Send to

Choose Destination
See comment in PubMed Commons below
J Orofac Pain. 2008 Summer;22(3):201-8.

Prevalence of psychologic, dental, and temporomandibular signs and symptoms among chronic eating disorders patients: a comparative control study.

Author information

  • 1Department of Oral Rehabilitation, The Maurice and Gabriela Goldschleger School of Dental Medicine, Tel Aviv University, Tel Aviv, Israel.



To compare the prevalence of psychologic, dental, and temporomandibular disorder (TMD) signs and symptoms between young women suffering from chronic eating disorders (ED) and a control group of age-matched, healthy women, and to evaluate the impact of frequent vomiting on these signs and symptoms among the ED group.


Clinical examination and self-administered questionnaires were used to evaluate psychologic, dental, and TMD signs and symptoms among 79 women hospitalized because of chronic ED and 48 age-matched healthy women (as controls). ED patients were further analyzed according to their habit of daily vomiting (43 vomiting versus 36 nonvomiting patients). Pearson chi-square and analysis of variance were used to analyze categorical differences between study groups.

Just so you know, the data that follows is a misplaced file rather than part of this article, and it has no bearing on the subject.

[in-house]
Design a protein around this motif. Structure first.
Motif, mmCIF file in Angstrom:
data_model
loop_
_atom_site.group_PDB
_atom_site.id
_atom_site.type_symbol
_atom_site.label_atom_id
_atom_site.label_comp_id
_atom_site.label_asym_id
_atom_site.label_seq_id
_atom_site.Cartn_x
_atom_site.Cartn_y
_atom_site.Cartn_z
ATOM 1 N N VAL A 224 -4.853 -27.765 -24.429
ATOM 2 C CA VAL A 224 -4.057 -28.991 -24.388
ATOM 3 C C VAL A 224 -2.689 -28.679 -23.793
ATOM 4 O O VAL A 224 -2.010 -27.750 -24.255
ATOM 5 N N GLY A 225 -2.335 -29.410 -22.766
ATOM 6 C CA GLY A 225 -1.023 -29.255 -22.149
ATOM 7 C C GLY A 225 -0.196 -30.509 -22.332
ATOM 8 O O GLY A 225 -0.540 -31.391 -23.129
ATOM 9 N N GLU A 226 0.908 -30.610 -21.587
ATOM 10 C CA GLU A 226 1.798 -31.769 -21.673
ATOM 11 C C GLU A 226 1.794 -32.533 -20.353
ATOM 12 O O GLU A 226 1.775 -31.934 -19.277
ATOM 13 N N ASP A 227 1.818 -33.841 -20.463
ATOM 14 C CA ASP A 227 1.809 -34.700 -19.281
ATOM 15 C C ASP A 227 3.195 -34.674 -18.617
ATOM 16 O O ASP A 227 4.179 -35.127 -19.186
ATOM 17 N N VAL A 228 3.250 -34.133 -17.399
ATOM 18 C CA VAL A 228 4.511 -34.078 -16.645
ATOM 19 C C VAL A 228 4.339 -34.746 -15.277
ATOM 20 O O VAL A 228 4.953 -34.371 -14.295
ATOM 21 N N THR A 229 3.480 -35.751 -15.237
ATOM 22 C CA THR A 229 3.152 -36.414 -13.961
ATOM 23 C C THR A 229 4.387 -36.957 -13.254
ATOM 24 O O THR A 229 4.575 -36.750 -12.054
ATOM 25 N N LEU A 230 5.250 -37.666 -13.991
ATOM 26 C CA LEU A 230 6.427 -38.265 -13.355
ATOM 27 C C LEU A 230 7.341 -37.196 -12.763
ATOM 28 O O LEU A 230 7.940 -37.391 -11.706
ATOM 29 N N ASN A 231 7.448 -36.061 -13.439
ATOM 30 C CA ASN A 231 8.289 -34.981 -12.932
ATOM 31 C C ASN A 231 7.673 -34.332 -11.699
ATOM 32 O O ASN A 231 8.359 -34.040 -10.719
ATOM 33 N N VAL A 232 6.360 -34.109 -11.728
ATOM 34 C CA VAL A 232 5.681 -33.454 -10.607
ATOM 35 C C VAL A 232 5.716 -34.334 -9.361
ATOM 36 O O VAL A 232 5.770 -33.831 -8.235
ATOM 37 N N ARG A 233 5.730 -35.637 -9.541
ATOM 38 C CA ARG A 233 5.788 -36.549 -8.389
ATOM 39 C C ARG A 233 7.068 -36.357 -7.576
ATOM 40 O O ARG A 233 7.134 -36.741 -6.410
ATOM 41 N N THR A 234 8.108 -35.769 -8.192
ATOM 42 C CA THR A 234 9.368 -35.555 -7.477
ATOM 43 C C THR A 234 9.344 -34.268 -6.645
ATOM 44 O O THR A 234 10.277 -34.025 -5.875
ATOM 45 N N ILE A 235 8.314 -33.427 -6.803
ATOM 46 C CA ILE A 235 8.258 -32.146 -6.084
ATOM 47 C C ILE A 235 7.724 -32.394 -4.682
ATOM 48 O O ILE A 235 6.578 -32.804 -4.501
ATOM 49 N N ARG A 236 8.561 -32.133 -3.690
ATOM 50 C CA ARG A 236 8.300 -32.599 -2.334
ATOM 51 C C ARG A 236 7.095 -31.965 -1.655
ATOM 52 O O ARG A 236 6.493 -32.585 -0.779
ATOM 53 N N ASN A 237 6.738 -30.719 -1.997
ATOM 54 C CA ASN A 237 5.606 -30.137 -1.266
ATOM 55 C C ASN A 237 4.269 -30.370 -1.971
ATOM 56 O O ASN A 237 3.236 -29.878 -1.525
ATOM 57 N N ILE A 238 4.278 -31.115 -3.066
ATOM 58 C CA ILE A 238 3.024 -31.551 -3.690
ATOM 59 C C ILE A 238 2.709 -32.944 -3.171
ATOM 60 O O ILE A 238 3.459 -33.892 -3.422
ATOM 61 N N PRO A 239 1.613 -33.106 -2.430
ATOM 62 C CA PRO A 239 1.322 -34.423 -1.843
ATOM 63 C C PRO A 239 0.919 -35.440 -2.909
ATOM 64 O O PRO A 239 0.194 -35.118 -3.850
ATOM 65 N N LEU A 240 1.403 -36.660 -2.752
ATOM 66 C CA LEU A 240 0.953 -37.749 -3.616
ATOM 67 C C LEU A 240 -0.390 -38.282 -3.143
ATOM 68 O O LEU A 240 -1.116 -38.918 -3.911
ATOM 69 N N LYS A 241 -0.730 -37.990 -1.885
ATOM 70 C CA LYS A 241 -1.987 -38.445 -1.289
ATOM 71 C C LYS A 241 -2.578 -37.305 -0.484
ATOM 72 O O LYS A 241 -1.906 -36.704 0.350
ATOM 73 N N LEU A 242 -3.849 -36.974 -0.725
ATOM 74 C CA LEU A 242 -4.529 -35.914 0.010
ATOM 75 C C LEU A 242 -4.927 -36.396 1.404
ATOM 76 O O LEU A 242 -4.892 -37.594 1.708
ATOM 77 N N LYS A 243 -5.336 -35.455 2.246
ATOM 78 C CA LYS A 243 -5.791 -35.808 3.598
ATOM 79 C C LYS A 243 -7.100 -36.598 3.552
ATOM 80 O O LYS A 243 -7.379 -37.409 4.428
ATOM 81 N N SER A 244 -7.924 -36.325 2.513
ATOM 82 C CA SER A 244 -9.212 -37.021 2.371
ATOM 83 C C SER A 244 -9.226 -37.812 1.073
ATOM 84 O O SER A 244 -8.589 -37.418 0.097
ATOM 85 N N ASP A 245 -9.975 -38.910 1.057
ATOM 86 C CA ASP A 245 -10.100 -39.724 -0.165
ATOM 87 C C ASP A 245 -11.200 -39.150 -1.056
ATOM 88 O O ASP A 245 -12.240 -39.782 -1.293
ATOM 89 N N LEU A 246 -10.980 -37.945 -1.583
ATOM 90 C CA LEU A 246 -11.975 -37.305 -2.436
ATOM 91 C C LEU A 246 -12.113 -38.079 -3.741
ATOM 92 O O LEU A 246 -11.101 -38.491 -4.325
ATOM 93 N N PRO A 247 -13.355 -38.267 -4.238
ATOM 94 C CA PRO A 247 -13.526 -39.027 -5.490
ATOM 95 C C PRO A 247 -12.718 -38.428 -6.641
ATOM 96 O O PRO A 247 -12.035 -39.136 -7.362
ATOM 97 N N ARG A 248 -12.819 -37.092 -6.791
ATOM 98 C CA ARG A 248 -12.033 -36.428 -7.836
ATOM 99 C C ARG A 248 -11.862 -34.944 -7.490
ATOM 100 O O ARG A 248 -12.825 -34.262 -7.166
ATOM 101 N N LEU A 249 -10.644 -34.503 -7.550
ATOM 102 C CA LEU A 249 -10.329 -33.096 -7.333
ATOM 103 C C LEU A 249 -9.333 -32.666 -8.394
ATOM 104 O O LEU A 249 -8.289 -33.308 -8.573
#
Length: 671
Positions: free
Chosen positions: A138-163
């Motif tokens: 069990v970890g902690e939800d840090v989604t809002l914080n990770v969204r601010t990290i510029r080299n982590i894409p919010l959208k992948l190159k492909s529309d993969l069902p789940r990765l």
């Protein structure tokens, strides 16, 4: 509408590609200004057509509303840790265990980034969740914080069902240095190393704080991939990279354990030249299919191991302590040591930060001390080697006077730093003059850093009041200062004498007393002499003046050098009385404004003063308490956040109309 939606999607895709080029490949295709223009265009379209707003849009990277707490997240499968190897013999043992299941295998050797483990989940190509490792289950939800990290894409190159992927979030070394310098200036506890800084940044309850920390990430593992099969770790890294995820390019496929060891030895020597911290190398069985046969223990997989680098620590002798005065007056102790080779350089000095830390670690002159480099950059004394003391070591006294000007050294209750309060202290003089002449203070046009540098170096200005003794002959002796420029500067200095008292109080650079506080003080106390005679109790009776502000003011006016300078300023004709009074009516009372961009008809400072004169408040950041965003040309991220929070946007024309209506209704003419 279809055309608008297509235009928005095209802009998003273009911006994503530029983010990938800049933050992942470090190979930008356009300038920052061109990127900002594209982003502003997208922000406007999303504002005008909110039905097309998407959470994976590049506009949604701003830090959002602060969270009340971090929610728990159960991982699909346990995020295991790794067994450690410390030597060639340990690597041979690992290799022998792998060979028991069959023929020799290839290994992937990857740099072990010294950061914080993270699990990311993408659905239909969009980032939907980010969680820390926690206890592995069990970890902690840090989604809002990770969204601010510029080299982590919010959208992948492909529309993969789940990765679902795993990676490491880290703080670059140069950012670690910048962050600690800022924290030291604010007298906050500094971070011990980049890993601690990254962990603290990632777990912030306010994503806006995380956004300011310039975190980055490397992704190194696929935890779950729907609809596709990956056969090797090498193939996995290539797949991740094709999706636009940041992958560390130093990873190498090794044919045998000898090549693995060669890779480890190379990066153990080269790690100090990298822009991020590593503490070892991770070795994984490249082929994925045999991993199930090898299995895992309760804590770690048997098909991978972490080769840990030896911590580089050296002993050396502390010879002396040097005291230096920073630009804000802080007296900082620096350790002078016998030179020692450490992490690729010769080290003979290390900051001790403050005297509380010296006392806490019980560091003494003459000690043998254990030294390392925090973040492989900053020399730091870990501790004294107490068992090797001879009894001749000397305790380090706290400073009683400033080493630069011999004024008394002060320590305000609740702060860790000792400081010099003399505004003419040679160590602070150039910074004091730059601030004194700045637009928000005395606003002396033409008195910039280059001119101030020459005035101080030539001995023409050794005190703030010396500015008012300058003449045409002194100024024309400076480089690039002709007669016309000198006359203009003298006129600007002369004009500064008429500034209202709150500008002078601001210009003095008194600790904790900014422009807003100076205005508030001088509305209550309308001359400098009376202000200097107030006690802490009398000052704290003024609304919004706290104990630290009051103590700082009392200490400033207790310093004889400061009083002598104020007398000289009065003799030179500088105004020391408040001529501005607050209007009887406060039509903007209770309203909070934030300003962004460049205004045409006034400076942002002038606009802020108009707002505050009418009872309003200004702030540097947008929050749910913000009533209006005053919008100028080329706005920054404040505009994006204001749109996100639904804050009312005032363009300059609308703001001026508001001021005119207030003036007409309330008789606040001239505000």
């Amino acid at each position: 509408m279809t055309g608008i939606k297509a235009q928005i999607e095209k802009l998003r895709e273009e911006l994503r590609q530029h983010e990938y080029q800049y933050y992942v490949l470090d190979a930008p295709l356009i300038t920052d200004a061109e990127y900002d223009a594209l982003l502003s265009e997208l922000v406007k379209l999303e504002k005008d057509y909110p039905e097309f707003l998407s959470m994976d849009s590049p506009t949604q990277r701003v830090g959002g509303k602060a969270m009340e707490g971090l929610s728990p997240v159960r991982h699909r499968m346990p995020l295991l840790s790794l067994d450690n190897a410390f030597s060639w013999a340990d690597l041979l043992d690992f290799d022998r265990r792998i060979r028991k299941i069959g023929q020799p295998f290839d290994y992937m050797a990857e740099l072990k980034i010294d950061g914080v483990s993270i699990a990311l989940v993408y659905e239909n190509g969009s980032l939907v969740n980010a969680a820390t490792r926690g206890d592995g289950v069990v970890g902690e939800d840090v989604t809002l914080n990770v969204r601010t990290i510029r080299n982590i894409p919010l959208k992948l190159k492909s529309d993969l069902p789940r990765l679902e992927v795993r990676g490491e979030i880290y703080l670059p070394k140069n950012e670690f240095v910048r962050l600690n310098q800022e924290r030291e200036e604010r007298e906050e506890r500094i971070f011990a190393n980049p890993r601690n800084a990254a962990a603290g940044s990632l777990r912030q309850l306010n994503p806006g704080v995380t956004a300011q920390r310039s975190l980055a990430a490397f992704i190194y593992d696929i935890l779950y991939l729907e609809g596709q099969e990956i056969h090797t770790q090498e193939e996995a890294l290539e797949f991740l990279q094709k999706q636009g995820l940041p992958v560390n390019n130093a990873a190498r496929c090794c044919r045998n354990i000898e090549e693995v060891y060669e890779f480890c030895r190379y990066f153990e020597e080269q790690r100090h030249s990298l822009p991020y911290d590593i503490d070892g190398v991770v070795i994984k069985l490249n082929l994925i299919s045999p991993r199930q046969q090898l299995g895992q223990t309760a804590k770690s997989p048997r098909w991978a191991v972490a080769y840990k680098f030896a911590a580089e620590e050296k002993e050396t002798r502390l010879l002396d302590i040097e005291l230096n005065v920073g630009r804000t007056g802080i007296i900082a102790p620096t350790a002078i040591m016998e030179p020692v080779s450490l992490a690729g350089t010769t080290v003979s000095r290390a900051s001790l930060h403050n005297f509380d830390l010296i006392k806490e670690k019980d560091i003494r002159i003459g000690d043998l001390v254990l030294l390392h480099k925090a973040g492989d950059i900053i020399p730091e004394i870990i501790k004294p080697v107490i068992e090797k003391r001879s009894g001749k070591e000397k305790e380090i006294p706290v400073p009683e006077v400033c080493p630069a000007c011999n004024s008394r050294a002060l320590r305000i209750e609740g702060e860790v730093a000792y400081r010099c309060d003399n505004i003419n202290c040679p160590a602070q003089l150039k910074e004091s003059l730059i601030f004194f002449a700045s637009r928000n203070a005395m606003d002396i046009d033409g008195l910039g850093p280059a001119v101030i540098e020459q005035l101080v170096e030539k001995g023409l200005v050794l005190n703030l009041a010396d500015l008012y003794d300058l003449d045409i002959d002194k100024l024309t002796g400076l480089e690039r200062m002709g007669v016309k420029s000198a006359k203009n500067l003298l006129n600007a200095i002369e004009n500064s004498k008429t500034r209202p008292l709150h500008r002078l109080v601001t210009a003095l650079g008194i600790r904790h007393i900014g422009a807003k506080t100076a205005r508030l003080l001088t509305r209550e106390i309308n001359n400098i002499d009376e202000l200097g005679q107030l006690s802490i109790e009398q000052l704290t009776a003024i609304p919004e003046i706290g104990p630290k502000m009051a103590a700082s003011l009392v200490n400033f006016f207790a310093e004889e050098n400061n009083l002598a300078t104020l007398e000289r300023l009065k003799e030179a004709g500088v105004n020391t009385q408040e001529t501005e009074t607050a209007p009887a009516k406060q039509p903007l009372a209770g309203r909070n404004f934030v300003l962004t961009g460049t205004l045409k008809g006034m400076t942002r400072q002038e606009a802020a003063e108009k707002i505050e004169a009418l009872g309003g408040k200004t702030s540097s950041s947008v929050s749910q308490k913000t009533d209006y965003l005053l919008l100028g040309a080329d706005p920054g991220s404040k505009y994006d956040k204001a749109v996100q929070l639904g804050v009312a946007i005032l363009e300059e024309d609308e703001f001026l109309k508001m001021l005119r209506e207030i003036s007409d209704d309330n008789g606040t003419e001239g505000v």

Women with ED showed a significantly higher sensitivity to muscle palpation (P < .001) and higher levels of depression, somatization, and anxiety (P < .001), as well as a higher prevalence of intensive gum chewing (P < .001), dental erosions (P < .001), and attrition (P < .001), than the healthy controls. Vomiting patients showed higher muscle sensitivity to palpation than nonvomiting patients (P < .001) and greater emotional and psychologic distress (P < .001).


Women with chronic ED suffer from higher muscular sensitivity to palpation, greater emotional distress, and more hard tissue destruction (dental erosions, dental sensitivity) than healthy women.

[PubMed - indexed for MEDLINE]
PubMed Commons home

PubMed Commons

How to join PubMed Commons

    Supplemental Content

    Loading ...
    Support Center